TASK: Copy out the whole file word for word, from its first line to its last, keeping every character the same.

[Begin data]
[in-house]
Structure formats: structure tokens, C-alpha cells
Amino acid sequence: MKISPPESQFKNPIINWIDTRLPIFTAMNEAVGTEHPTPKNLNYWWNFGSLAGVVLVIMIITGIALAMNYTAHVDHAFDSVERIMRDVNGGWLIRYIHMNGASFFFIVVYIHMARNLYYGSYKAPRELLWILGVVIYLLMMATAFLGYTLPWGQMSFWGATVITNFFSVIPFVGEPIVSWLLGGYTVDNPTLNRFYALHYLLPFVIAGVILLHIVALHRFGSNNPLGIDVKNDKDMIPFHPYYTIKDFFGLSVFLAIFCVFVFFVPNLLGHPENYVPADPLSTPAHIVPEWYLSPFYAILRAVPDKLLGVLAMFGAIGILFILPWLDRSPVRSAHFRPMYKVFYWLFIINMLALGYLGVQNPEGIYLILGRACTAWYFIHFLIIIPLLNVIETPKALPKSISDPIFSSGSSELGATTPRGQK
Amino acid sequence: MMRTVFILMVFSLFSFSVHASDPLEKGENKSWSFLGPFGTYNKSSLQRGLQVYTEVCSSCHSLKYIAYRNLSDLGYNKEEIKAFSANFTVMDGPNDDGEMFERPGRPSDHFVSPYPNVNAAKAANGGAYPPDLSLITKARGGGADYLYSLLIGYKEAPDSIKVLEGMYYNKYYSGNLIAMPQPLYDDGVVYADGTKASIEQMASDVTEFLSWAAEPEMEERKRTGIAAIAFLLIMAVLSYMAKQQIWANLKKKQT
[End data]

[in-house]
Structure formats: structure tokens, C-alpha cells
Amino acid sequence: MKISPPESQFKNPIINWIDTRLPIFTAMNEAVGTEHPTPKNLNYWWNFGSLAGVVLVIMIITGIALAMNYTAHVDHAFDSVERIMRDVNGGWLIRYIHMNGASFFFIVVYIHMARNLYYGSYKAPRELLWILGVVIYLLMMATAFLGYTLPWGQMSFWGATVITNFFSVIPFVGEPIVSWLLGGYTVDNPTLNRFYALHYLLPFVIAGVILLHIVALHRFGSNNPLGIDVKNDKDMIPFHPYYTIKDFFGLSVFLAIFCVFVFFVPNLLGHPENYVPADPLSTPAHIVPEWYLSPFYAILRAVPDKLLGVLAMFGAIGILFILPWLDRSPVRSAHFRPMYKVFYWLFIINMLALGYLGVQNPEGIYLILGRACTAWYFIHFLIIIPLLNVIETPKALPKSISDPIFSSGSSELGATTPRGQK
Amino acid sequence: MMRTVFILMVFSLFSFSVHASDPLEKGENKSWSFLGPFGTYNKSSLQRGLQVYTEVCSSCHSLKYIAYRNLSDLGYNKEEIKAFSANFTVMDGPNDDGEMFERPGRPSDHFVSPYPNVNAAKAANGGAYPPDLSLITKARGGGADYLYSLLIGYKEAPDSIKVLEGMYYNKYYSGNLIAMPQPLYDDGVVYADGTKASIEQMASDVTEFLSWAAEPEMEERKRTGIAAIAFLLIMAVLSYMAKQQIWANLKKKQT